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HOME > PAST ISSUE > March-April 2013 > Article Detail

MACROSCOPE

The Music of Math Games

Video games that provide good mathematics learning should look to the piano as a model

Keith Devlin

Combining Skills

The majority of video games designed to provide mathematics learning fail educationally for one of two reasons: Either their designers know how to design and create video games but know little about mathematics education (in particular, how people learn mathematics) and in many cases don’t seem to know what math really is, or they have a reasonable sense of mathematics and have some familiarity with the basic principles of mathematics education, but do not have sufficient experience in video game design. (Actually, the majority of math education games seem to have been created by individuals who know little more than how to code, so those games fail both educationally and as games.)

To build a successful video game requires an understanding, at a deep level, of what constitutes a game, how and why people play games, what keeps them engaged, and how they interact with the different platforms on which the game will be played. That is a lot of deep knowledge.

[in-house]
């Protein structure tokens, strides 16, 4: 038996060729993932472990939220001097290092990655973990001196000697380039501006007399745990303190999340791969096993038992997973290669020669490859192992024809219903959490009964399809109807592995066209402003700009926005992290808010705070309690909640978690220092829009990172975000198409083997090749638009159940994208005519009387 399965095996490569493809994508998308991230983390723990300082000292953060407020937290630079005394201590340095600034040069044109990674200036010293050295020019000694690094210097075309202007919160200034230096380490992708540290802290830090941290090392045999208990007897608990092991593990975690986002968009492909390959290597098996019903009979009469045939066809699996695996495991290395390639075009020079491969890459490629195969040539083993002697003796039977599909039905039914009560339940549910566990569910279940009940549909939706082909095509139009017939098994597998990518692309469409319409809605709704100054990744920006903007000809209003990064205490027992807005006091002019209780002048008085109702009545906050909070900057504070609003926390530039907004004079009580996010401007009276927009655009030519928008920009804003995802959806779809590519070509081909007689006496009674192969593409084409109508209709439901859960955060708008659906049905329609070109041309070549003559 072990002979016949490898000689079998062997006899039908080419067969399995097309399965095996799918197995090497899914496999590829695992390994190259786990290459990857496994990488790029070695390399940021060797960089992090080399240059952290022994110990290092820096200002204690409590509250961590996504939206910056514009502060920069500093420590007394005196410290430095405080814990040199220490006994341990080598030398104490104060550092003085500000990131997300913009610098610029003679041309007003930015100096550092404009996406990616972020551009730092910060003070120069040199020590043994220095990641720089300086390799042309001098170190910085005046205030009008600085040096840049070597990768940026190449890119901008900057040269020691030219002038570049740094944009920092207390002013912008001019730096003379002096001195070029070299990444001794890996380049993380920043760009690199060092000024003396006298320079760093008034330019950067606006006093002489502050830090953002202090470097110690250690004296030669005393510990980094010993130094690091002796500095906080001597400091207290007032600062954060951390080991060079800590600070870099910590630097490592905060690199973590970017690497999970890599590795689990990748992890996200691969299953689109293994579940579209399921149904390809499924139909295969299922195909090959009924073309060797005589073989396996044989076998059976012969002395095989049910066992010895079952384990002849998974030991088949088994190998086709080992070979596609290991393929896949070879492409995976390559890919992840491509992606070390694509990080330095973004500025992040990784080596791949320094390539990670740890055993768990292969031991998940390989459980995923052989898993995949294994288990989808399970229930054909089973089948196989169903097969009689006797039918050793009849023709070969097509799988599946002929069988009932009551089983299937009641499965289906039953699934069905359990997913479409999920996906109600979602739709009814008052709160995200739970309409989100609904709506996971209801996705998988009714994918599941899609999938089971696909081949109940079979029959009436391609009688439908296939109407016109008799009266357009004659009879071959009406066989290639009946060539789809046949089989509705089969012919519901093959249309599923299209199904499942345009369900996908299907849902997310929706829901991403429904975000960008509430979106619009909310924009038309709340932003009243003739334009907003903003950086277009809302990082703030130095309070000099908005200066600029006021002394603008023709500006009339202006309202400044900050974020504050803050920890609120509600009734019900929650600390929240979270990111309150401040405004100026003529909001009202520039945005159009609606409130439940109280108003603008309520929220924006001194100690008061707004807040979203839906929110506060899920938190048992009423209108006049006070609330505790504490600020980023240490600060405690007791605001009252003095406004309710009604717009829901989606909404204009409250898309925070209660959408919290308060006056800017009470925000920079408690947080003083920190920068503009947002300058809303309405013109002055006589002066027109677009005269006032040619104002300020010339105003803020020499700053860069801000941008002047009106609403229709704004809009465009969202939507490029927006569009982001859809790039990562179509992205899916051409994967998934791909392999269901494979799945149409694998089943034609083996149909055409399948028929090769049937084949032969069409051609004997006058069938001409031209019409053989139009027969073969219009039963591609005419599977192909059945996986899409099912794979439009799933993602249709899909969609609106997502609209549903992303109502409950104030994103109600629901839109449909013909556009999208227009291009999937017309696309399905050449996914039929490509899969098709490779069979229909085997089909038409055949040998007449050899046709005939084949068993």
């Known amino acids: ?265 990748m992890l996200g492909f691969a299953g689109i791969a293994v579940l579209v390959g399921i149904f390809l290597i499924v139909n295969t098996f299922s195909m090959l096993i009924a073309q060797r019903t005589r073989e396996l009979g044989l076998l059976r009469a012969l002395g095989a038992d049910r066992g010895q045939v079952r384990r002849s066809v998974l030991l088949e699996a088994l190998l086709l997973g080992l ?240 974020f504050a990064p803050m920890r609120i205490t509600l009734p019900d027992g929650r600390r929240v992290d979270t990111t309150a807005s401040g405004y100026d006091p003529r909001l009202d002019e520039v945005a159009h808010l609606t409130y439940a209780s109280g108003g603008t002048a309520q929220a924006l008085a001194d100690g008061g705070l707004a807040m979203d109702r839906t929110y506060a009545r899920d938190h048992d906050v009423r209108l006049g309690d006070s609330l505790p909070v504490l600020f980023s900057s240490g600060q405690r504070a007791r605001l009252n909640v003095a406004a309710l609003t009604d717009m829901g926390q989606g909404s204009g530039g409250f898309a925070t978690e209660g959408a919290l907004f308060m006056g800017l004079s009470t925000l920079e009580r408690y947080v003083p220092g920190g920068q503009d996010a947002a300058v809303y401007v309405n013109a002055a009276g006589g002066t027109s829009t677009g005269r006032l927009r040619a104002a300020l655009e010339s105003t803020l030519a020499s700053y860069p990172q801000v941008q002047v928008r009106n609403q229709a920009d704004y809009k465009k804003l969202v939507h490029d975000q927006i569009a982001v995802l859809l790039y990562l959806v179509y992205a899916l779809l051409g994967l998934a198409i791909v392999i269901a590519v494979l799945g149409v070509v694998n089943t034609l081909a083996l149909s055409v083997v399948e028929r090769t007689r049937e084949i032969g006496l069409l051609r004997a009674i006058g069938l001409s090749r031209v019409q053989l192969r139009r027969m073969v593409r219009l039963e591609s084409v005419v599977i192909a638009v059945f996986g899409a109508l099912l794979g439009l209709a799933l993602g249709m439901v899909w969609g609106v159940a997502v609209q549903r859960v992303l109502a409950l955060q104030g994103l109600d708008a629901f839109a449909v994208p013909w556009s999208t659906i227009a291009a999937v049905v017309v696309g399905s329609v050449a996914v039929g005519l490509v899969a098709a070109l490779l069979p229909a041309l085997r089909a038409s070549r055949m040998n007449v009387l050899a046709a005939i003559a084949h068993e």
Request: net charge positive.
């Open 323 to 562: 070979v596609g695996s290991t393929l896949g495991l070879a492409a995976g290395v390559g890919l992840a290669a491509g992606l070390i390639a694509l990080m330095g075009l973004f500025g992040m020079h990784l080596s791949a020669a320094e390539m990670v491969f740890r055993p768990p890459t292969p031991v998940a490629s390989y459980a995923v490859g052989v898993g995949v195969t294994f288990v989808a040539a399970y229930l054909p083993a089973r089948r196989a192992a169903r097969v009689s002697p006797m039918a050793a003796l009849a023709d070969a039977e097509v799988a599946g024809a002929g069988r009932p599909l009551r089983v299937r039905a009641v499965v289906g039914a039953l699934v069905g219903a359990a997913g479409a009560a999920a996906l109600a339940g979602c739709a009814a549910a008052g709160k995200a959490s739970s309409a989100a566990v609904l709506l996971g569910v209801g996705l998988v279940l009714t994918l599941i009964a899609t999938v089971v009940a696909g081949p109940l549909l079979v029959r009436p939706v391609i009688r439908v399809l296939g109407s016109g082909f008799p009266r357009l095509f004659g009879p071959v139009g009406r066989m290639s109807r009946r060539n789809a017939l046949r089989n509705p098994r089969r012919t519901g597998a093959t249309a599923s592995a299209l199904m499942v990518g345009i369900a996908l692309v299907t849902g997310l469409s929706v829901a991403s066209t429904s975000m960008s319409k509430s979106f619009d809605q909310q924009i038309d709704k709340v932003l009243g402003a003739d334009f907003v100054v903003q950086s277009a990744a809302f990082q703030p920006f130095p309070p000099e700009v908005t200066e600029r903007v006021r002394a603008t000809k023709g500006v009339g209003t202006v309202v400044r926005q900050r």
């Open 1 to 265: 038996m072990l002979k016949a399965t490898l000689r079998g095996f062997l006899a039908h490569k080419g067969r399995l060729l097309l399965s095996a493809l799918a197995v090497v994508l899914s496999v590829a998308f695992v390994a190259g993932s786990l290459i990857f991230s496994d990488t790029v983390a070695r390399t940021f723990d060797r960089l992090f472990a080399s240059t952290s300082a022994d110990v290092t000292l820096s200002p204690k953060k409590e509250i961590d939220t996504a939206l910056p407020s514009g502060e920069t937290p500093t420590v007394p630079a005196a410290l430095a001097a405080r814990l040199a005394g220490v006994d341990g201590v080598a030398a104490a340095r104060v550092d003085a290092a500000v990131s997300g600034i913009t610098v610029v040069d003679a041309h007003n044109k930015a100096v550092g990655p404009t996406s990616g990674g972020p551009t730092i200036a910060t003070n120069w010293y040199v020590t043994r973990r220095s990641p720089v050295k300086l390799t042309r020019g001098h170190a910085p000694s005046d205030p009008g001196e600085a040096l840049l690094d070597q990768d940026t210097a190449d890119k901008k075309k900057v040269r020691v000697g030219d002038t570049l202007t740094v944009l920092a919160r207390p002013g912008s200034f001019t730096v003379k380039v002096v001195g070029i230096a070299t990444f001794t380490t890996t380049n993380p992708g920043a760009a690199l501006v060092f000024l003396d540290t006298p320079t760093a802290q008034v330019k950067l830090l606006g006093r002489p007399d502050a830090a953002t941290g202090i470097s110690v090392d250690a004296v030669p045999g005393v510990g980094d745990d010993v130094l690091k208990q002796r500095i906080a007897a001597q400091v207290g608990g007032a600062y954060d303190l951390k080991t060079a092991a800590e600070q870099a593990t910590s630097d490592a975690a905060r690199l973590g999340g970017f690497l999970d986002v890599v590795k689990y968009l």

To build an engaging game that also supports good mathematics learning requires a whole lot more: understanding, at a deep level, what mathematics is, how and why people learn and do mathematics, how to get and keep them engaged in their learning, and how to represent the mathematics on the platform on which the game will be played. That too is a lot of deep knowledge.

In other words, designing and building a good mathematics educational video game—be it a massively multiplayer online game (MMO) or a single smartphone app—requires a team of experts from several different disciplines. That means it takes a lot of time and a substantial budget. How much? For a simple-looking, casual game that runs on an iPad, reckon nine months from start to finish and a budget of $300,000.

Following the tradition of textbook publishing, that budget figure does not include any payment to the authors who essentially create the entire pedagogic framework and content, nor the project’s academic advisory board (which it should definitely have).








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